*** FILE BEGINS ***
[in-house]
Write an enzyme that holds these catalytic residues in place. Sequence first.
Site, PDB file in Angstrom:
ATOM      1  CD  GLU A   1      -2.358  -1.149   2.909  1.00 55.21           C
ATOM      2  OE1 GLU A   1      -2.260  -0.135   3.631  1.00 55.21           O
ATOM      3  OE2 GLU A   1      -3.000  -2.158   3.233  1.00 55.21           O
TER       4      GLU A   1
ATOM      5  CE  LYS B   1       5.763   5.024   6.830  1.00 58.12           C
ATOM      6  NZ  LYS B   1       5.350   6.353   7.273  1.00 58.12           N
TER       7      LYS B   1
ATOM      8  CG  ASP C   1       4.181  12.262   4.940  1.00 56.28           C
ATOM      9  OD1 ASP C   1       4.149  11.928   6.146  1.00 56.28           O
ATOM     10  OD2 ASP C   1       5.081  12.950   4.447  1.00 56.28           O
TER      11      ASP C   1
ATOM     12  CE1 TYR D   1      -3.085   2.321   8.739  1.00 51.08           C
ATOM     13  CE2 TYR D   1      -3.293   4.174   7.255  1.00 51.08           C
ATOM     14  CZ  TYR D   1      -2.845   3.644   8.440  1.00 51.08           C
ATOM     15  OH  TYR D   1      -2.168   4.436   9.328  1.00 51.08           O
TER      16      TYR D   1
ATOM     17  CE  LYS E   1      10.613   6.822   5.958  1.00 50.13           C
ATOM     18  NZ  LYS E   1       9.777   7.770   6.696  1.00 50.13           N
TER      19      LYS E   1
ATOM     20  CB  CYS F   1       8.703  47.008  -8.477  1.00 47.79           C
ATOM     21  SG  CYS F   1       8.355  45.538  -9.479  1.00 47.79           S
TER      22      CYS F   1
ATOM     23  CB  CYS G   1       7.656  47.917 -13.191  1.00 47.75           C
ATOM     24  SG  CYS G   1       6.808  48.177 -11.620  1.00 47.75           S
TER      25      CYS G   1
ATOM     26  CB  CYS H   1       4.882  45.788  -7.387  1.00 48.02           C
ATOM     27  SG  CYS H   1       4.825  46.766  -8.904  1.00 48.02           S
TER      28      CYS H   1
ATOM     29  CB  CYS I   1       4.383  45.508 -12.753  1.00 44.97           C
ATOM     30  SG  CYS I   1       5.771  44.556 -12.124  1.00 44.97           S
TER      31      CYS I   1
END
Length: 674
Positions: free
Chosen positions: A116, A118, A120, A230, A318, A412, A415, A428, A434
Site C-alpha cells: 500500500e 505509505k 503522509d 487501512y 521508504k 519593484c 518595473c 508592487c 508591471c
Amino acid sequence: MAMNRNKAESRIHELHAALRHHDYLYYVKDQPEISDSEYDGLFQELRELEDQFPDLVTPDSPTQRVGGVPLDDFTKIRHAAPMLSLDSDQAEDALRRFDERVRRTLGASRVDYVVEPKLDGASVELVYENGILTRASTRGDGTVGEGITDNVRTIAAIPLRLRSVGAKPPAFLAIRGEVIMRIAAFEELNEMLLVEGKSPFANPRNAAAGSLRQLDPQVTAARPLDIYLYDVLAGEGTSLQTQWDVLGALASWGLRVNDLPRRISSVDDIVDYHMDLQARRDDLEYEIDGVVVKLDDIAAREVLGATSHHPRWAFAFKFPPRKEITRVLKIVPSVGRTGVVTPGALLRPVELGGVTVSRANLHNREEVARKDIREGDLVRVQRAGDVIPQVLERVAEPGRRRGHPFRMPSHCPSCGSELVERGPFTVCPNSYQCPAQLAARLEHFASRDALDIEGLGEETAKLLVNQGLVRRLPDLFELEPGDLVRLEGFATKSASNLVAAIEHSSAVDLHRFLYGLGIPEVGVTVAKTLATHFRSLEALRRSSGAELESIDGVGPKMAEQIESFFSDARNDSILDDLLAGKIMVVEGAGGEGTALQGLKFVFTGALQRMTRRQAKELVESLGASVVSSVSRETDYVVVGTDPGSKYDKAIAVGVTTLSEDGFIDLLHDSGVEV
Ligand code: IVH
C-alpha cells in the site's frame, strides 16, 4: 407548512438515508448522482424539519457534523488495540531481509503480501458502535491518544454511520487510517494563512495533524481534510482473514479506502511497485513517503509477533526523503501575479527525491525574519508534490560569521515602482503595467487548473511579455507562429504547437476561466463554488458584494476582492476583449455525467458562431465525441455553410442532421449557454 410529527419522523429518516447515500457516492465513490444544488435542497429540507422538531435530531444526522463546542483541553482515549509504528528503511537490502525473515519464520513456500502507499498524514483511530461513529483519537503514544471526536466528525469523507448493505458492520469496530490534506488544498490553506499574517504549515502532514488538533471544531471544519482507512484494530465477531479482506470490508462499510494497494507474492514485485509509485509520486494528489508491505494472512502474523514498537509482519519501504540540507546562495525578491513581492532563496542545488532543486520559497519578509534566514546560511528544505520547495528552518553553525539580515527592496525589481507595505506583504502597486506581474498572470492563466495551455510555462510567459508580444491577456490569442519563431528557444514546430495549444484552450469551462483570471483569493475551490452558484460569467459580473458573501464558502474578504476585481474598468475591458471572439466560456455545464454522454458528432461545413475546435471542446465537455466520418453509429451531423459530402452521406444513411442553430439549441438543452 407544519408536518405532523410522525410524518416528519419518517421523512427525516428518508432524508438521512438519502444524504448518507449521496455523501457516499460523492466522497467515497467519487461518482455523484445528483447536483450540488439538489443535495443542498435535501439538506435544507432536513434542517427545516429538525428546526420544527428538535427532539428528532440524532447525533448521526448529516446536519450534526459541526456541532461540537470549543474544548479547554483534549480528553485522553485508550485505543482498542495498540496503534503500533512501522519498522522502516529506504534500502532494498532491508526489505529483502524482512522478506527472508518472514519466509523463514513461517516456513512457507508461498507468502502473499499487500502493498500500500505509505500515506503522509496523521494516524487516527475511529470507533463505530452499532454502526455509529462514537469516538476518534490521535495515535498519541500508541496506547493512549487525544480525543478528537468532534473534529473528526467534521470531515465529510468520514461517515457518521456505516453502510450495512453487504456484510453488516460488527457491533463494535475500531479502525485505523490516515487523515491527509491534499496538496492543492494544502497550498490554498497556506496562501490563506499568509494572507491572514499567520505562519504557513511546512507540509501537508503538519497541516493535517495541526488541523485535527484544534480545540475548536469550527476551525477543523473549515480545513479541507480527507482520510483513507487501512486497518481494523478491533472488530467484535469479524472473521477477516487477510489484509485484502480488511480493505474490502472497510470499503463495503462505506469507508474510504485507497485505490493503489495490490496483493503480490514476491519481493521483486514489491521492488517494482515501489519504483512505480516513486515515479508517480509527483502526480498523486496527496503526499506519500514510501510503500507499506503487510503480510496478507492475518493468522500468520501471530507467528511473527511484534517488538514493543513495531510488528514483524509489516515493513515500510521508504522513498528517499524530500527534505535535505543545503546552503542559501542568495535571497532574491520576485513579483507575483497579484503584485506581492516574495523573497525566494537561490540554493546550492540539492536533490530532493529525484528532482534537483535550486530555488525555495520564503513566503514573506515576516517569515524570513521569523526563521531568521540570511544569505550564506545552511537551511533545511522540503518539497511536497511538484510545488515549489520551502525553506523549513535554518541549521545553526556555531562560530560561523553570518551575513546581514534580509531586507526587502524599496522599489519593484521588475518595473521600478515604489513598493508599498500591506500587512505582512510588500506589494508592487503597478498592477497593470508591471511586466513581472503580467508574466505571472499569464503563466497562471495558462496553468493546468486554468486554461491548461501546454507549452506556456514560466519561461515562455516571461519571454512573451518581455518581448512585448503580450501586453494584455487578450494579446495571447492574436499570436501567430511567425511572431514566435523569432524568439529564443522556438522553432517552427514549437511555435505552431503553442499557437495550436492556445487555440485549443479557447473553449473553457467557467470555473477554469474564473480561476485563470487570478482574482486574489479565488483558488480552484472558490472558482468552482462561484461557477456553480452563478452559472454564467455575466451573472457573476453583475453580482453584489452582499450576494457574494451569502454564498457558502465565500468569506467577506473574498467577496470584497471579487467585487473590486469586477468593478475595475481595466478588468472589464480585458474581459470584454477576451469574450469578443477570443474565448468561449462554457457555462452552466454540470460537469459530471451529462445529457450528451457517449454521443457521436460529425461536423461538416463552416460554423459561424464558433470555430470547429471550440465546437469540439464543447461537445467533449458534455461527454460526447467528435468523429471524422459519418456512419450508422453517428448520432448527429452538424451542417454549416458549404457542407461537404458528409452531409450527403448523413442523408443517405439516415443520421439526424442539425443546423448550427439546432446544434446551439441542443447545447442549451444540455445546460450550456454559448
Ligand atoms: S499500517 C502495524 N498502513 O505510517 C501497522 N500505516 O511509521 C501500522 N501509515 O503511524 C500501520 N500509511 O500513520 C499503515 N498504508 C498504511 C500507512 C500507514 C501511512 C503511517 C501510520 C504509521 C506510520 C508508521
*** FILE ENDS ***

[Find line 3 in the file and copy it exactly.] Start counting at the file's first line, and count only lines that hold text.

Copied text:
Site, PDB file in Angstrom: